After meeting the Puppet Master for the first time she refers to it as a robot, and it triggers the first true questioning of her identity when speaking with Batou. This follows a scene of Motoko diving in the sea just beyond the city, something that particularly dangerous for her prosthetic body due to the potential for drowning. Her friend sees it as unnecessarily risky and foolish, though she sees it as transformational, as though she were becoming a different entity altogether. It’s a concern that weighs heavily on her.
Motoko: Well, I guess cyborgs like myself have a tendency to be paranoid about our origins. Sometimes I suspect I am not who I think I am, like maybe I died a long time ago and somebody took my brain and stuck it in this body. Maybe there never was a real me in the first place, and I’m completely synthetic like that thing.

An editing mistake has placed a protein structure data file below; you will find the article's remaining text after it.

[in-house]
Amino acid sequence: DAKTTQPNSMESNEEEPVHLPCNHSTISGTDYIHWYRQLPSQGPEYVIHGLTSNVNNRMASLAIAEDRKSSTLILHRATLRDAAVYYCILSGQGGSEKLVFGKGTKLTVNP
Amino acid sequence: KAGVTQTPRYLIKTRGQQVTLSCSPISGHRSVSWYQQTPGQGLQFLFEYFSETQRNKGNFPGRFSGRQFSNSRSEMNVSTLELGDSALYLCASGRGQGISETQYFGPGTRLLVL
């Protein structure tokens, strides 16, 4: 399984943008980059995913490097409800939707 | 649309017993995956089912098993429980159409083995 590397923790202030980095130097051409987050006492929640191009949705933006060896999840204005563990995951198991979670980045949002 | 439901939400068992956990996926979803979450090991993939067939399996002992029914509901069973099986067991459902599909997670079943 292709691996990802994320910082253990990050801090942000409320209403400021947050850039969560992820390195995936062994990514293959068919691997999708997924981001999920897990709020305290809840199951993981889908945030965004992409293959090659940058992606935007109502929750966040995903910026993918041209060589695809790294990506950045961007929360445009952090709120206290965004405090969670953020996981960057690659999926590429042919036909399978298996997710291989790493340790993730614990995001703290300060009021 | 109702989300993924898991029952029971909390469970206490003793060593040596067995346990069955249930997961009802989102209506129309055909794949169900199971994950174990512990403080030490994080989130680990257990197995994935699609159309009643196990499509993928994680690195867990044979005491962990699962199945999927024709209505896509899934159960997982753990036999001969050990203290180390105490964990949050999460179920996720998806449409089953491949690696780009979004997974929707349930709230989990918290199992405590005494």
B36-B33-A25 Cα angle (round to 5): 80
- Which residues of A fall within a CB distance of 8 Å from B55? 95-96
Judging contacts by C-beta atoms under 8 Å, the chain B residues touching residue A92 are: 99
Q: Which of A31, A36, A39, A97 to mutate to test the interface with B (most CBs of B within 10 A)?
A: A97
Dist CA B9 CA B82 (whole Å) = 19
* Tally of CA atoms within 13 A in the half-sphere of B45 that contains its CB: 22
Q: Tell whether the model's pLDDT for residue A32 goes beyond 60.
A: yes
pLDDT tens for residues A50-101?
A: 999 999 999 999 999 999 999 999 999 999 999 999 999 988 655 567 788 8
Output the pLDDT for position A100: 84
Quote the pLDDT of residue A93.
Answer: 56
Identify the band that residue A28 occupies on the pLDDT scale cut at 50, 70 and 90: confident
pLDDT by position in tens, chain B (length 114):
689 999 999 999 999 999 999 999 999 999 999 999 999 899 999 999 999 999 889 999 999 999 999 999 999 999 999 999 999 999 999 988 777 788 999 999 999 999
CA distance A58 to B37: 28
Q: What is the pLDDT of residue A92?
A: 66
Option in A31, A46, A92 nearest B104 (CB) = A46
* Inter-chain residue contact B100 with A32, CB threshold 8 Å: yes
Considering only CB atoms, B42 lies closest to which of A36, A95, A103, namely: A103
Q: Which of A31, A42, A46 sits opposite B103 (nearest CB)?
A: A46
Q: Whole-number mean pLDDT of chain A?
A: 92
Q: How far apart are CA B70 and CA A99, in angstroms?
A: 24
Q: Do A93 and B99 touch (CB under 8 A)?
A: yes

Batou: You’ve got human brain cells in that titanium shell of yours. You’re treated like other humans, so stop with the angst.
Motoko: But that’s just it, that’s the only thing that makes me feel human. The way I’m treated. I mean, who knows what’s inside our heads? Have you ever seen your own brain?
Batou: It sounds to me like you’re doubting your own ghost.
Motoko: What if a cyber brain could possibly generate its own ghost, create a soul all by itself? And if it did, just what would be the importance of being human then?